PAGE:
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Topic: How Does Radiation Plan Get Determined?

Forum: Radiation Therapy - Before, During, and After —

What to expect from treatment and ways to cope with side effects.

Posted on: Sep 19, 2021 09:24AM

macdebbie wrote:

I met with my RO about a month ago, mid-Aug, before I even met with my BCS. My BCS's team wanted me to pick my "team" prior to my surgery so that everyone would be lined up and in the know as they presented my case to the tumor review board, and then at hand-off after surgery for the next step.

When I met with the RO we spoke in very general terms and I asked some basic questions about the different types of radiation. I asked about partial breast radiation, and she said I "might" be a candidate for that. I asked about Brachytherapy and she explained that to me, and told me I would be a candidate (based on the info she had at that time) for hypo fractionated - 4 weeks/5-days a week and a "boost" week. I don't think I inquired about Intraoperative therapy, but I did ask about Proton therapy and she downplayed that and told me they were mainly using it for brain cancer and prostate cancer, which I now know is not the case. Obviously where I am going doesn't have it.

I had my surgery Tues (lumpectomy) and they path report was good - Stage 1a, no lymph node involvement, 3mm tumor, margins clear. So I would presume from what the MO told me when I did my consult, there will be no chemo and the next step will be radiation therapy.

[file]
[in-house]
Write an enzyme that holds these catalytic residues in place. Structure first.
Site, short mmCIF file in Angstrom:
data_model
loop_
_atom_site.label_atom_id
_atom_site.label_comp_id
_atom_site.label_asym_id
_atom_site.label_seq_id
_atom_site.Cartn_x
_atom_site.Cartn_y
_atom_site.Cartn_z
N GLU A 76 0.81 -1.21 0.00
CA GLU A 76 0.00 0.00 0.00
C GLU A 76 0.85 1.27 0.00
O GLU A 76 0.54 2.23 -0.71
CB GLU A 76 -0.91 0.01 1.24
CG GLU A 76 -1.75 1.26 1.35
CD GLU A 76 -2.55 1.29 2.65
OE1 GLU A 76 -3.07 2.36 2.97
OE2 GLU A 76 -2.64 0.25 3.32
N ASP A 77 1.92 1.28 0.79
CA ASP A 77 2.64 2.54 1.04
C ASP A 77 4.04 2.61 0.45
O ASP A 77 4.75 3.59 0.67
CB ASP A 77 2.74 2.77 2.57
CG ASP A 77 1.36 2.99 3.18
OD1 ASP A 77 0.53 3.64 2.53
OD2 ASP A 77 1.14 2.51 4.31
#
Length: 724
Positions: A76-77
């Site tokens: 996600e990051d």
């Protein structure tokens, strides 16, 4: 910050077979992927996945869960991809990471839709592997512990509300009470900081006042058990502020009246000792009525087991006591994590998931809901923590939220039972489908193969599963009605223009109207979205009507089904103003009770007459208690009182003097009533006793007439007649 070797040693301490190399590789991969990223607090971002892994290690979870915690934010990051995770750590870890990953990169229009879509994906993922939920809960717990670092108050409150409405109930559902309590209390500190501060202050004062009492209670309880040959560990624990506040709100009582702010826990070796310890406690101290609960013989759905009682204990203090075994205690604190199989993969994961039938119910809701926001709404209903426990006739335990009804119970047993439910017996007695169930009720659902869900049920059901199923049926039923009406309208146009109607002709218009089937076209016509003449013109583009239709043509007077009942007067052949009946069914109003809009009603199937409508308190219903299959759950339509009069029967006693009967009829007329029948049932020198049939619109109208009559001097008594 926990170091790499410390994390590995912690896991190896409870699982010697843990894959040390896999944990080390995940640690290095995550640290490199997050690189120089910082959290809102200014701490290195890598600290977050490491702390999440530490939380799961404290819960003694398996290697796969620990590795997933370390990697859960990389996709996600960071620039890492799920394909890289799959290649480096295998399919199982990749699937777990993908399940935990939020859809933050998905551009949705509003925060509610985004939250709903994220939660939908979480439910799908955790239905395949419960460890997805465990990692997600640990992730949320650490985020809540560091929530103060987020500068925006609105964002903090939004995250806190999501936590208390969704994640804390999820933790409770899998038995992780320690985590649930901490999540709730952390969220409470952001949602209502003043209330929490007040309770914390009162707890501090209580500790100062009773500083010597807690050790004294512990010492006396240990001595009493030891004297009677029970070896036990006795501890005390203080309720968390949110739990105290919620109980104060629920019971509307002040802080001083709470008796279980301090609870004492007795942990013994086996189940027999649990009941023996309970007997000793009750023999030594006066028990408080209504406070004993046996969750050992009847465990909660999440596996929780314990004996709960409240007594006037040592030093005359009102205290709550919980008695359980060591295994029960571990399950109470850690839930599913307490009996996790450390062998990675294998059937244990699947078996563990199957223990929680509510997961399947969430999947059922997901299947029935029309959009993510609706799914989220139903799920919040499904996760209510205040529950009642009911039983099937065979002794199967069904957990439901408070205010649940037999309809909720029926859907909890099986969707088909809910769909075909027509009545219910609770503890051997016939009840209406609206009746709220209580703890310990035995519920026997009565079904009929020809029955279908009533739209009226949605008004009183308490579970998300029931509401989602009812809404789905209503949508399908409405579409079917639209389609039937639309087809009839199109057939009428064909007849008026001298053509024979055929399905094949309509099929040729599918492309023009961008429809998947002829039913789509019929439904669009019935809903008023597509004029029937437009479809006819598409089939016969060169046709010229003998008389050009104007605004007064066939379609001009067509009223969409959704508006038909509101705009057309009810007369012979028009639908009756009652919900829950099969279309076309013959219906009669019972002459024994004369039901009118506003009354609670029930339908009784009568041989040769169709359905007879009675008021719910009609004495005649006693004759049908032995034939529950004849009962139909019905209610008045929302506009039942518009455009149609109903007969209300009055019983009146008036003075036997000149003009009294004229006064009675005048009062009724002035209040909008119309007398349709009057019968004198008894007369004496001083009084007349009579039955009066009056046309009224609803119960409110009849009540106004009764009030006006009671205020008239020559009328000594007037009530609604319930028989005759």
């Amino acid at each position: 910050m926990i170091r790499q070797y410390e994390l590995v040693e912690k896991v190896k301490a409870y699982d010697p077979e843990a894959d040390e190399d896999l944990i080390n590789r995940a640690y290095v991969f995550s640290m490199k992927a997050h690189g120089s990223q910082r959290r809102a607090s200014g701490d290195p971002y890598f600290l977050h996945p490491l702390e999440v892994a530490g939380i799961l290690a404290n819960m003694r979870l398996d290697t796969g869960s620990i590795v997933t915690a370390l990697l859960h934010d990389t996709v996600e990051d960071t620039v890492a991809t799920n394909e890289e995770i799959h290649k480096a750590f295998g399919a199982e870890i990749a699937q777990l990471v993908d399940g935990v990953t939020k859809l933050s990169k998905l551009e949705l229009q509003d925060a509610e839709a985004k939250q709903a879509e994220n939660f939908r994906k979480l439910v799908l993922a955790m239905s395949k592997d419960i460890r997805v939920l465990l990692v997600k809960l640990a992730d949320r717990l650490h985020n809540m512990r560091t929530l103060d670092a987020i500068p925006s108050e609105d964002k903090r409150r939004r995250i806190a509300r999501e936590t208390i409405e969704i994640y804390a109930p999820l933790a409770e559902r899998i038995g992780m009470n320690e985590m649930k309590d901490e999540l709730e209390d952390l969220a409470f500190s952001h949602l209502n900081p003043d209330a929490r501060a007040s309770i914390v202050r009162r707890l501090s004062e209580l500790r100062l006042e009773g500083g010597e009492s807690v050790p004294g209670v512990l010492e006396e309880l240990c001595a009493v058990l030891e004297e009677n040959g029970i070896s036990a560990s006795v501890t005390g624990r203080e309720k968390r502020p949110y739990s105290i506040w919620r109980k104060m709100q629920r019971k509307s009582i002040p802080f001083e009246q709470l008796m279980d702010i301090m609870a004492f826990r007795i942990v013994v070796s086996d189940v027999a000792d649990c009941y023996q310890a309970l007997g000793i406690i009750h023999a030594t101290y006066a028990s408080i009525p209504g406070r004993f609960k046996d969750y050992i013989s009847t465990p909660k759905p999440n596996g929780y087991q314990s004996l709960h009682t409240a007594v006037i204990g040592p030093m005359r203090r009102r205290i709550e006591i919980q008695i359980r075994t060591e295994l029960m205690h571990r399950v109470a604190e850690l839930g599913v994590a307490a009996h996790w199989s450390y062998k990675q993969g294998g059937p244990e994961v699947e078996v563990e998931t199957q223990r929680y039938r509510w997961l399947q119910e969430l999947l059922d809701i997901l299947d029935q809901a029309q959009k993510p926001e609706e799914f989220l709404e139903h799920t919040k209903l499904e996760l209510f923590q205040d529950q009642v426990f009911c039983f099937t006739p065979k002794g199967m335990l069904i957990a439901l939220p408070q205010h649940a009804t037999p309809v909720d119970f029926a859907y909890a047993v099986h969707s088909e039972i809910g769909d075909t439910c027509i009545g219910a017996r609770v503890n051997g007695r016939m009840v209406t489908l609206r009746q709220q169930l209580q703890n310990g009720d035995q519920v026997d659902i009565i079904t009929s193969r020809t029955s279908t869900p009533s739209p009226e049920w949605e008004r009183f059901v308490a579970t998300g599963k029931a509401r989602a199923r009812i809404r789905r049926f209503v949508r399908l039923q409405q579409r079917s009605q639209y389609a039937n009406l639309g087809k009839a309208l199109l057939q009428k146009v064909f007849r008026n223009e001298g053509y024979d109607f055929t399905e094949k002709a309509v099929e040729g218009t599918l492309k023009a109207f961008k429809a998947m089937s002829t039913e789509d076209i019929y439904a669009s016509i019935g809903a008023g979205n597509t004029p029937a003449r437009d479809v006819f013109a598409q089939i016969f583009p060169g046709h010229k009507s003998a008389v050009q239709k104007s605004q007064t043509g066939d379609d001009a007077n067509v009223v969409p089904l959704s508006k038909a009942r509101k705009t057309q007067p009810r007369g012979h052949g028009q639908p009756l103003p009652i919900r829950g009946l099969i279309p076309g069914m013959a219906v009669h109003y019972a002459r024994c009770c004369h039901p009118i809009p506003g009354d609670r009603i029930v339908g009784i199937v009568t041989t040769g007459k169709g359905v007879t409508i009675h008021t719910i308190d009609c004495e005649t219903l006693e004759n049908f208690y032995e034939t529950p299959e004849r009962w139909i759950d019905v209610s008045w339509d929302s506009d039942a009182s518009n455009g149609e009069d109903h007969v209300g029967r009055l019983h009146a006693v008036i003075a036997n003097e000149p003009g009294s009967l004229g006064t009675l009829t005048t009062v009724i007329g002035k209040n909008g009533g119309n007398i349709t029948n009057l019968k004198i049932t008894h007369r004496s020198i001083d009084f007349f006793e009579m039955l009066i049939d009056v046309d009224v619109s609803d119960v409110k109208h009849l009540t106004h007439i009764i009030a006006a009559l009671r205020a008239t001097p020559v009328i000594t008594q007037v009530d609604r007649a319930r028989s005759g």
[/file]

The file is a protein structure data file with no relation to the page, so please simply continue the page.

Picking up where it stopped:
She told me that the next appt. would be a "planning" appt, which they would map out the radiation sites with me lying on a table, etc. Is this the time that the RO also goes over the path report and what the options are - partial breast radiation vs full, etc. or do I need another appt. for that?

I am still have proton radiation in the back of my mind, as I want to do as little harm to my body as possible, especially considering that my cancer was small and non-aggressive and no lymph node involvement. The last thing I want is to get another cancer from the radiation or life-long heart/lung issues, and I have read that proton radiation is less damaging. The issues is that I do no live near a proton center, and would have to travel back home to Boston and stay with relatives for 6 weeks, and travel the hour each way daily for proton treatment. I'm not keen on traveling anywhere right now due to COVID, as even though my husband and I area vaccinated we are both at high risk for complications should we get it. I don't know either if my insurance would pay for proton radiation therapy and don't know how to find that out, as when I called to inquire, they said I would need the exact CPT codes that it would be billed under, and I don't have that, and probably wouldn't get that without a consult in Boston, which means another trip. Ugh...